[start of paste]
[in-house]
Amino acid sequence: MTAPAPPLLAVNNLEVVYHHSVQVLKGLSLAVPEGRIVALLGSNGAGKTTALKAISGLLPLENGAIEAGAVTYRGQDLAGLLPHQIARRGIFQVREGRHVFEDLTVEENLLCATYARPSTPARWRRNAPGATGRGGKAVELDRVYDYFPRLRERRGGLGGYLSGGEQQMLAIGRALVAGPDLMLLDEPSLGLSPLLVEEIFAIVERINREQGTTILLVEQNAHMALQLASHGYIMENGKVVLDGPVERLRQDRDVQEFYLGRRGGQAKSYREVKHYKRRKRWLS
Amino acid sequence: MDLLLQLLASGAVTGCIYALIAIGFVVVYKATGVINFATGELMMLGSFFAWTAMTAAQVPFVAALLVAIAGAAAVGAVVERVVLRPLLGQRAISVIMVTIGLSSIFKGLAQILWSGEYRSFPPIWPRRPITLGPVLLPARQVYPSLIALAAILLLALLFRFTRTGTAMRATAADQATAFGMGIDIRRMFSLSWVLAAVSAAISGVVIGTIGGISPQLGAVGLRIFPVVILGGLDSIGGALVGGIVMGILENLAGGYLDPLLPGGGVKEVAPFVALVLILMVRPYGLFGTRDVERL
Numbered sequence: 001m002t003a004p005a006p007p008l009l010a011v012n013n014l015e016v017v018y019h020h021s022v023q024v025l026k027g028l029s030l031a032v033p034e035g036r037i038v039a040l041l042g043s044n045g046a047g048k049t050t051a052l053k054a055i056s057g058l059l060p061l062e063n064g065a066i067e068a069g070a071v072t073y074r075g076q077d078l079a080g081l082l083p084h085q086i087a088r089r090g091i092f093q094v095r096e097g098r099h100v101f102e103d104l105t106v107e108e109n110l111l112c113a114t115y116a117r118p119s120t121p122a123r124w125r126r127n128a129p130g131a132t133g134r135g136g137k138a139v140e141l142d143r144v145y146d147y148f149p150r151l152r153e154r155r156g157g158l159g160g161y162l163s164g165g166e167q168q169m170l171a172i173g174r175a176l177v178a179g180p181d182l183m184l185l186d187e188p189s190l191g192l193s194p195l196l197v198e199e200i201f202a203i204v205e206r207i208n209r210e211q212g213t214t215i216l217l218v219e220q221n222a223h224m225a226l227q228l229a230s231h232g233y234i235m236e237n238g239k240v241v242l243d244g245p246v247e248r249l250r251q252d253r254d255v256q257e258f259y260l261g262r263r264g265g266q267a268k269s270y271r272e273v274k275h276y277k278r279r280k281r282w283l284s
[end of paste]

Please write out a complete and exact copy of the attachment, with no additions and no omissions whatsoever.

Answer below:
[in-house]
Amino acid sequence: MTAPAPPLLAVNNLEVVYHHSVQVLKGLSLAVPEGRIVALLGSNGAGKTTALKAISGLLPLENGAIEAGAVTYRGQDLAGLLPHQIARRGIFQVREGRHVFEDLTVEENLLCATYARPSTPARWRRNAPGATGRGGKAVELDRVYDYFPRLRERRGGLGGYLSGGEQQMLAIGRALVAGPDLMLLDEPSLGLSPLLVEEIFAIVERINREQGTTILLVEQNAHMALQLASHGYIMENGKVVLDGPVERLRQDRDVQEFYLGRRGGQAKSYREVKHYKRRKRWLS
Amino acid sequence: MDLLLQLLASGAVTGCIYALIAIGFVVVYKATGVINFATGELMMLGSFFAWTAMTAAQVPFVAALLVAIAGAAAVGAVVERVVLRPLLGQRAISVIMVTIGLSSIFKGLAQILWSGEYRSFPPIWPRRPITLGPVLLPARQVYPSLIALAAILLLALLFRFTRTGTAMRATAADQATAFGMGIDIRRMFSLSWVLAAVSAAISGVVIGTIGGISPQLGAVGLRIFPVVILGGLDSIGGALVGGIVMGILENLAGGYLDPLLPGGGVKEVAPFVALVLILMVRPYGLFGTRDVERL
Numbered sequence: 001m002t003a004p005a006p007p008l009l010a011v012n013n014l015e016v017v018y019h020h021s022v023q024v025l026k027g028l029s030l031a032v033p034e035g036r037i038v039a040l041l042g043s044n045g046a047g048k049t050t051a052l053k054a055i056s057g058l059l060p061l062e063n064g065a066i067e068a069g070a071v072t073y074r075g076q077d078l079a080g081l082l083p084h085q086i087a088r089r090g091i092f093q094v095r096e097g098r099h100v101f102e103d104l105t106v107e108e109n110l111l112c113a114t115y116a117r118p119s120t121p122a123r124w125r126r127n128a129p130g131a132t133g134r135g136g137k138a139v140e141l142d143r144v145y146d147y148f149p150r151l152r153e154r155r156g157g158l159g160g161y162l163s164g165g166e167q168q169m170l171a172i173g174r175a176l177v178a179g180p181d182l183m184l185l186d187e188p189s190l191g192l193s194p195l196l197v198e199e200i201f202a203i204v205e206r207i208n209r210e211q212g213t214t215i216l217l218v219e220q221n222a223h224m225a226l227q228l229a230s231h232g233y234i235m236e237n238g239k240v241v242l243d244g245p246v247e248r249l250r251q252d253r254d255v256q257e258f259y260l261g262r263r264g265g266q267a268k269s270y271r272e273v274k275h276y277k278r279r280k281r282w283l284s